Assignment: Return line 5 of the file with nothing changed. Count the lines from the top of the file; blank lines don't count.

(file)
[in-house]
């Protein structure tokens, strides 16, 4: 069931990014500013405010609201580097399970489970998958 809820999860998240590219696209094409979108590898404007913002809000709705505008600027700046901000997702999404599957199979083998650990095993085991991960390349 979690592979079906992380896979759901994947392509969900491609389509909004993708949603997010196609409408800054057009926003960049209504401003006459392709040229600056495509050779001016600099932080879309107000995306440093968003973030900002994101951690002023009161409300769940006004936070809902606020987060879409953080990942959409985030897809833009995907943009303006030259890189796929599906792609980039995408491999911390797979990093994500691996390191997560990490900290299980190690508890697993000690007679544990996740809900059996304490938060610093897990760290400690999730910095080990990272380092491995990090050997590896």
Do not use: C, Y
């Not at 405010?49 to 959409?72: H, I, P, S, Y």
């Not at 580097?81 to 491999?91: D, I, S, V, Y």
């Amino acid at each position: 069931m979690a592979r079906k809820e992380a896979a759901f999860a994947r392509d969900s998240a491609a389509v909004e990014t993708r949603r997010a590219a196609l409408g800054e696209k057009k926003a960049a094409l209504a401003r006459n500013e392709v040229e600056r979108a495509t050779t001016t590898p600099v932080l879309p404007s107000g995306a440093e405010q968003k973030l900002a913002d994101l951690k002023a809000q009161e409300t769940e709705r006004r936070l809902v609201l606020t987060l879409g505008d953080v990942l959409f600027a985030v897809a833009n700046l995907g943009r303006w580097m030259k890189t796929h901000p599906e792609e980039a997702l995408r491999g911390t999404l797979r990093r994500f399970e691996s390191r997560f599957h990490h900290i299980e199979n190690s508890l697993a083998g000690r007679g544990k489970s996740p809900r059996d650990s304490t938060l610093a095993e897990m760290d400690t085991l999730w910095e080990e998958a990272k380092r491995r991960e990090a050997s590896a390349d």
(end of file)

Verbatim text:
């Not at 580097?81 to 491999?91: D, I, S, V, Y």